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Adult attachment and coping style in students with elevated mood

Caldwell, Laura Elizabeth (2014) Adult attachment and coping style in students with elevated mood. Doctoral thesis, Staffordshire University.

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Background The psychological wellbeing of individuals may be disrupted through experiencing periods of elevated mood, known as mania. Identifying processes which may be used to predict the onset of mania may be helpful in the development of more specialised psychological interventions. The research explores the cognitive processes which may contribute to the development of elevated mood episodes.
Methods The research addresses this question through a review of the literature which is used to inform the current investigation. The study considers how coping style and attachment style may be used to predict the onset of elevated mood in undergraduate and postgraduate university students (n=100). Participants completed the Relationship Questionnaire (RQ; Bartholomew and Horowitz, 1991), the Brief COPE (Carver, 1997) and the Goldberg Mania Questionnaire (GMQ: Goldberg, 1993). Regression analyses were conducted to explore the data. The reflective paper highlights some of the methodological limitations, clinical implications and ethical considerations of the study.
Results The literature review revealed that cognitions such as positive rumination, specific beliefs about the self and a positive cognitive style were implicated in the development of manic experiences. The empirical study found that a preoccupied attachment style, and coping strategies of denial distraction and humour were significant predictors of elevated mood.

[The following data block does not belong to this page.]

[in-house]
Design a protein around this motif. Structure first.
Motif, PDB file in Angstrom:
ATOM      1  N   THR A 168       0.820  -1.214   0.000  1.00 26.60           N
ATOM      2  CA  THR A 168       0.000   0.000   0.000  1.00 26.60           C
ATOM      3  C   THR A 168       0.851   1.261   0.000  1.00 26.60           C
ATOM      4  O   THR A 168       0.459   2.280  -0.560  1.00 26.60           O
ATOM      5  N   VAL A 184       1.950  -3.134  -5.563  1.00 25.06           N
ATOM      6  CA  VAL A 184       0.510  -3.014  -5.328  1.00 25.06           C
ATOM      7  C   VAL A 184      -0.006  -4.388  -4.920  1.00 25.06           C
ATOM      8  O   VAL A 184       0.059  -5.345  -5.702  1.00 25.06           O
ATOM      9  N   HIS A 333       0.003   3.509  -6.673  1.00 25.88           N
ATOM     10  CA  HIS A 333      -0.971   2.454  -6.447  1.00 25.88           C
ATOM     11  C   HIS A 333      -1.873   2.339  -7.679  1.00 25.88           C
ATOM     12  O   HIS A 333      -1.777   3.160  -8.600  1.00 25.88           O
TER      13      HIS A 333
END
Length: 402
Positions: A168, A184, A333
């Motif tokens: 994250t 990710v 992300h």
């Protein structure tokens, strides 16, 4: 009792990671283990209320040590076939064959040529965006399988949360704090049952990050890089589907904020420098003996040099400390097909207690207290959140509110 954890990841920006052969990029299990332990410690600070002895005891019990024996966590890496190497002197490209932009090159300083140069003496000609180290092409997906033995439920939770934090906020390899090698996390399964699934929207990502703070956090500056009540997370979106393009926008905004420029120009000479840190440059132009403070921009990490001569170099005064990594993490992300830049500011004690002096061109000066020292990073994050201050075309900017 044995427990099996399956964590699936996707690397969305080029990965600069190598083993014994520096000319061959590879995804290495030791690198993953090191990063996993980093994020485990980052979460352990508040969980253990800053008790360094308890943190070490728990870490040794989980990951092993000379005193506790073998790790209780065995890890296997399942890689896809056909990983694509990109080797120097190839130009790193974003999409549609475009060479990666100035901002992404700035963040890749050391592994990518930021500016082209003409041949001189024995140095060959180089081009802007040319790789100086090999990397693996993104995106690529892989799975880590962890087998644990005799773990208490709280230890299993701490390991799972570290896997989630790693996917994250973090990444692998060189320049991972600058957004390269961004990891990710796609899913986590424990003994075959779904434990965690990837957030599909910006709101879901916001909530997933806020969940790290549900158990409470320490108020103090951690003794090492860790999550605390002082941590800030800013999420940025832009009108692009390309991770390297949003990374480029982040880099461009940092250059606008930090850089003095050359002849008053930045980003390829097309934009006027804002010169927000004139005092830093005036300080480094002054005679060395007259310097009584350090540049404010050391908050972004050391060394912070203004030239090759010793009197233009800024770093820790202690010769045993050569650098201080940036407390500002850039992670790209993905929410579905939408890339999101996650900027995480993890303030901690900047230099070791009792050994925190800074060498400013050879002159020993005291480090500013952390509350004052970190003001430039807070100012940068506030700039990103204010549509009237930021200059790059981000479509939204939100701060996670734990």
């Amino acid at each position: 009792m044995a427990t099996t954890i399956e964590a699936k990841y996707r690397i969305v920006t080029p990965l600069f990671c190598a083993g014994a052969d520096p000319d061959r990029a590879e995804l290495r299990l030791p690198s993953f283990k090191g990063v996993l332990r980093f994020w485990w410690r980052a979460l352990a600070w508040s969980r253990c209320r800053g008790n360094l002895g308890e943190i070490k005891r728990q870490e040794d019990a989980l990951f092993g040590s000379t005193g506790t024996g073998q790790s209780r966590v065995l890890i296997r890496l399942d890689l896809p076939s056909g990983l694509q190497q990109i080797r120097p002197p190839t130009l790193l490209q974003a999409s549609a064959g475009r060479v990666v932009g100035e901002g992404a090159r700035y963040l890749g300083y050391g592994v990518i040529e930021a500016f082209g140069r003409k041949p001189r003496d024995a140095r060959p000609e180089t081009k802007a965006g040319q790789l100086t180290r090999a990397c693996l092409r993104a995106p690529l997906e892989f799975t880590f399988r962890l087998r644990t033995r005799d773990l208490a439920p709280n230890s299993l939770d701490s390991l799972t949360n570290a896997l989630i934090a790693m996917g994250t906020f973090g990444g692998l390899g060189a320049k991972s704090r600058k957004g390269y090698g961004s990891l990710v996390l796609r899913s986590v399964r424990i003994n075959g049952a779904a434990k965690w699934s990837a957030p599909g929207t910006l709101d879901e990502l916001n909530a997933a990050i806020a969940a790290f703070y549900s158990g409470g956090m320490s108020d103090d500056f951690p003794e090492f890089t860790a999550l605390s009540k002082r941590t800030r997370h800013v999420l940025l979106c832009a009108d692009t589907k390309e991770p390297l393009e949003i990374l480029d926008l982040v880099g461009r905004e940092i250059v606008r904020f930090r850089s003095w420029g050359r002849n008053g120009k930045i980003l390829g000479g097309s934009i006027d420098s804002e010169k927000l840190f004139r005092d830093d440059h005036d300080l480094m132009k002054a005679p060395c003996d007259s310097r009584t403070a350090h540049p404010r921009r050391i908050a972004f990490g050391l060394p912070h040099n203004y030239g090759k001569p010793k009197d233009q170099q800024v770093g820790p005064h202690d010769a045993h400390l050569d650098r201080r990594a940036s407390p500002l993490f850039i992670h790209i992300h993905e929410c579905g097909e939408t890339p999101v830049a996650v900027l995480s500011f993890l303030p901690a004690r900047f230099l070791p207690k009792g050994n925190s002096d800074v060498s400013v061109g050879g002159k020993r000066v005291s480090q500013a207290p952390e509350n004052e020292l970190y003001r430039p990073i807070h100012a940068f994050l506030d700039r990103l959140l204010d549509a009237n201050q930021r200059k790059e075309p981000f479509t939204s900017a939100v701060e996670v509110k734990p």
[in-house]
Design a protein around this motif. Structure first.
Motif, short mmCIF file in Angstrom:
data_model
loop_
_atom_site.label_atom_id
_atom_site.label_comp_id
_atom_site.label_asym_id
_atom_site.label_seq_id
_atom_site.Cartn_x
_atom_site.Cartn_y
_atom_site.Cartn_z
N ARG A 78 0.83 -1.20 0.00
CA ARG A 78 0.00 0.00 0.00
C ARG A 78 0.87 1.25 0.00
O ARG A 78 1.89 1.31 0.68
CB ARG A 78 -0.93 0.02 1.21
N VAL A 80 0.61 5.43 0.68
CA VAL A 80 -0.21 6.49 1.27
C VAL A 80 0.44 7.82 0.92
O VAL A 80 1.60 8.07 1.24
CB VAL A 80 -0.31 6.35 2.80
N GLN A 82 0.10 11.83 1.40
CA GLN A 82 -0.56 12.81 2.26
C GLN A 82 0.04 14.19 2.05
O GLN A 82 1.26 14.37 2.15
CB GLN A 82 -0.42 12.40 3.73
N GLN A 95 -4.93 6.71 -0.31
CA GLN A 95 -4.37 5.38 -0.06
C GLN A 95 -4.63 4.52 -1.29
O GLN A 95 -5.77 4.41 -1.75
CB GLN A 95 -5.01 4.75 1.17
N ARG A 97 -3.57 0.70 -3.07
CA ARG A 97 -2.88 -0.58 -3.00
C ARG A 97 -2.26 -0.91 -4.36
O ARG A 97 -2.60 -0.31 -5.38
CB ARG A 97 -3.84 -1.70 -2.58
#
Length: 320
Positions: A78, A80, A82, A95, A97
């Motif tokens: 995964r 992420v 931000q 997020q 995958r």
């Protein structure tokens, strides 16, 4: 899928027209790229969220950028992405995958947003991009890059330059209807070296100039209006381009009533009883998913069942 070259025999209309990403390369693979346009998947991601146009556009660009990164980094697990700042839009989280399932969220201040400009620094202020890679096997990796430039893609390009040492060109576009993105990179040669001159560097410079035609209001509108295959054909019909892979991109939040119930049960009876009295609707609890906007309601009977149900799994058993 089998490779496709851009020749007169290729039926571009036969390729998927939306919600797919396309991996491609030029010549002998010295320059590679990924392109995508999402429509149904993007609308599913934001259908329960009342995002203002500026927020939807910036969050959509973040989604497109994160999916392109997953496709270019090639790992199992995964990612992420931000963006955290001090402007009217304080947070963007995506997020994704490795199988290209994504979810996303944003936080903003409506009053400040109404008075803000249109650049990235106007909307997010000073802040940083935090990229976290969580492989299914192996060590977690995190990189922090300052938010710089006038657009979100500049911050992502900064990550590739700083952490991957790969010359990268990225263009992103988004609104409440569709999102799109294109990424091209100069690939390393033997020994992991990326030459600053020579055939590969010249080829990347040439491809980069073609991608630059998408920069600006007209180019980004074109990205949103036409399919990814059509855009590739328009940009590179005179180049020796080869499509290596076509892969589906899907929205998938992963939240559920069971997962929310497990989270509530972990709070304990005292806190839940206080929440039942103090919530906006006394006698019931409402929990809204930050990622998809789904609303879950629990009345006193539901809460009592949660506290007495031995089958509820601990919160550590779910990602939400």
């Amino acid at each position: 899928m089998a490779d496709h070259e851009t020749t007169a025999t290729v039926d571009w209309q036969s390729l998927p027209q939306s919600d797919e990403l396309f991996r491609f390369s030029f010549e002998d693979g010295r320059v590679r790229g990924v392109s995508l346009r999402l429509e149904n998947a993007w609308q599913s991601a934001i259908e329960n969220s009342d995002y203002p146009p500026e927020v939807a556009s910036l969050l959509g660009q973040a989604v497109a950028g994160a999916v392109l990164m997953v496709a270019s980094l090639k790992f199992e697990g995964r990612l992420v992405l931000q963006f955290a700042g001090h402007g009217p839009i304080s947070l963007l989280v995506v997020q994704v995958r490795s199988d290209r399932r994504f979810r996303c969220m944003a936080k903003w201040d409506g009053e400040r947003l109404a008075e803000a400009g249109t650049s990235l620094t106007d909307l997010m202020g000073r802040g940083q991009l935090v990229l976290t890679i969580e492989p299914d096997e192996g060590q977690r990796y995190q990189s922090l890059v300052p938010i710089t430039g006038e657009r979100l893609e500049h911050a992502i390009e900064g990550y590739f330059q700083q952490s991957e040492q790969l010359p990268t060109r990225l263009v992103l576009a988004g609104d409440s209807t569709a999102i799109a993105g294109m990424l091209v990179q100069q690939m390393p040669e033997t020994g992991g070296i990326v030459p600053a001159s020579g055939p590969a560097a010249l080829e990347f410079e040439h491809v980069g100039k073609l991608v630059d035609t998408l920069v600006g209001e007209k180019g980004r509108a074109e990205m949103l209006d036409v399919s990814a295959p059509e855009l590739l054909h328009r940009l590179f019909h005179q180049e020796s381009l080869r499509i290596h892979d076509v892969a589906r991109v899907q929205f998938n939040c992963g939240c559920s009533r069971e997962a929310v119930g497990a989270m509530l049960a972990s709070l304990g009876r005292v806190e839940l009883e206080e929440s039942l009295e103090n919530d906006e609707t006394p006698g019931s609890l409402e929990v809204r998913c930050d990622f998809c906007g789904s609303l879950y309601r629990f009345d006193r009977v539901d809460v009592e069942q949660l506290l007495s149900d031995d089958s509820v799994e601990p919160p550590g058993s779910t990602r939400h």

Discussion The clinical implications regarding how the results may inform clinical practice through psychological interventions such as cognitive behavioural therapy are discussed. Limitations included the cross sectional design methodology, the use of online questionnaires and difficulties in generalisation.
Conclusions Attachment style and coping strategies may be used to predict the onset of elevated moods. This may be useful for the development of new psychological interventions in mania. The thesis provides further clarification regarding psychological factors involved in the development of mania and identifies possible new areas for further exploration.

Item Type: Thesis (Doctoral)
Subjects: C800 Psychology
Faculty: Faculty of Computing, Engineering and Sciences > Sciences
Related URLs:
Depositing User: Linda FRADLEY
Date Deposited: 20 Jan 2015 13:55
Last Modified: 20 Jan 2015 13:55
URI: http://eprints.staffs.ac.uk/id/eprint/1977

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